Al-Ḥurr ibn ʿAbd al-Raḥmān al-Thaqafī
(الحر بن عبد الرحمن الثقفي) was an early Umayyad
governor who ruled the Muslim
province of Al-Andalus
from between 716
. He was the third successor to Musa bin Nusair
, the North African
governor who had directed the conquest of Visigothic Spain
several years earlier in 711
. Al-Hurr was the first Muslim commander to cross the Pyrenees
, leading a small raiding party into Septimania
. His incursions were largely unsuccessful, for which he was deposed in 718
In 711, an Umayyad army led by freedman Tariq bin Ziyad
had been sent to the Iberian peninsula
under the orders of North African governor Musa bin Nusair
, resulting in its eventual conquest
. Leaving his son ('Abd al-'Aziz) in charge, Musa led a triumphant procession of over 400 well-dressed Visgothic princes, followed by slaves and prisoners of war, to the Caliph al-Walid I
. During that visit, Musa dramatically fell out of favor with al-Walid: Tariq informed the caliph that the treasure paraded, for which Musa had claimed credit, had actually been captured by himself instead. Musa was stripped of his status, and 'Abd al-'Aziz remained in charge of the newly conquered territories, which were now named "Al-Andalus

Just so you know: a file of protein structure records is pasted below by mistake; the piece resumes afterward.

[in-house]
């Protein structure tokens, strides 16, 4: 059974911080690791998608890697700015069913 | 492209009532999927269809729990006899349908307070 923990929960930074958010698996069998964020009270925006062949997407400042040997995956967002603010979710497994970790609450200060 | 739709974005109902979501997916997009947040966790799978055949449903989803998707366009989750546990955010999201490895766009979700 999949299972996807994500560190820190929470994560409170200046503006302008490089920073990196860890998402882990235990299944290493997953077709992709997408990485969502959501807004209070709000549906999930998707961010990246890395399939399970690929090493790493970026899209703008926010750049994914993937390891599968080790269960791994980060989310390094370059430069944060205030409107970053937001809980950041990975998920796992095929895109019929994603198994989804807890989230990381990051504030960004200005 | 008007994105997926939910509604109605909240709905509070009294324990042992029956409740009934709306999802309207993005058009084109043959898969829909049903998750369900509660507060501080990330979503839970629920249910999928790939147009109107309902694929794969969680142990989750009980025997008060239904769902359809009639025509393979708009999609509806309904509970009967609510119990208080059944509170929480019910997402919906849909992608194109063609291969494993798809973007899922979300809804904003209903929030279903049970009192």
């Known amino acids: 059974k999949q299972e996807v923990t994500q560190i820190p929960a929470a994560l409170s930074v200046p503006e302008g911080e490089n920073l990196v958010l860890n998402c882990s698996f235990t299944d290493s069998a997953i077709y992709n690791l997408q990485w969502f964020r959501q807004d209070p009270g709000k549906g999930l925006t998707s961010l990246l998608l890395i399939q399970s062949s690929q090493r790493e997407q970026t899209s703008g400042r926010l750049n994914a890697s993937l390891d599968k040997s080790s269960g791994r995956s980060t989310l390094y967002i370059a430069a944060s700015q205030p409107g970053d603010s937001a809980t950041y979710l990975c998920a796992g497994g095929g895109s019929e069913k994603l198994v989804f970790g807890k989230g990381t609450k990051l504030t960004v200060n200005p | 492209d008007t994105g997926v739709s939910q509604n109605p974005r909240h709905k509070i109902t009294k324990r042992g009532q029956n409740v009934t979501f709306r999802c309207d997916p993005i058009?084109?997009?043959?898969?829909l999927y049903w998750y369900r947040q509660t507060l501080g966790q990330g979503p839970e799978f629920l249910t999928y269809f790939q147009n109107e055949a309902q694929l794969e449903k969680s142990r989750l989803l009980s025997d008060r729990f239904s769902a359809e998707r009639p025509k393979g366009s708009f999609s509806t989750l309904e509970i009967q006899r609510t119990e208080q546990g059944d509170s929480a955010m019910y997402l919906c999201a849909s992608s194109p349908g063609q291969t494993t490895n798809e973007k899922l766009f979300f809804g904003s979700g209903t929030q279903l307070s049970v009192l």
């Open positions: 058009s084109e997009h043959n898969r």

After the assassination of Abd al-Aziz in 716, and the six-month rule of his cousin Ayyub ibn Habib al-Lakhmi, al-Hurr ibn 'abd al-Rahman al-Thaqafi was assigned the post. Soon afterwards, he relocated the Andalusian administrative capital from Seville
. Al-Hurr was heavily involved in trying to suppress Christian Gothic resistance, and was largely successful in doing so; except against a pocket of resistance in the Asturian mountains, from which the Reconquista
would emerge many years later.
Al-Hurr also turned his attention to the Franks across the Pyrenees. Sources suggest he was enticed by the treasure horded in the convents and churches, as well as the internal dissension between the chief officers of the Merovingian court and the dukes of Aquitaine. None of al-Hurr's predecessors had attempted to cross the Pyrenees, and in 717, he attempted to do just that. He led a small expedition across the range into Septimania, the first of which was likely to just reconnoiter the region. Several attempted raids later, all of which proved unsuccessful, al-Hurr was deposed by the caliph, who appointed Al-Samh ibn Malik al-Khawlani in 718 as his replacement. Al-Samh continued expeditions into France, reaching as far as the Rhône, but would be killed in the Battle of Tolouse in 721.
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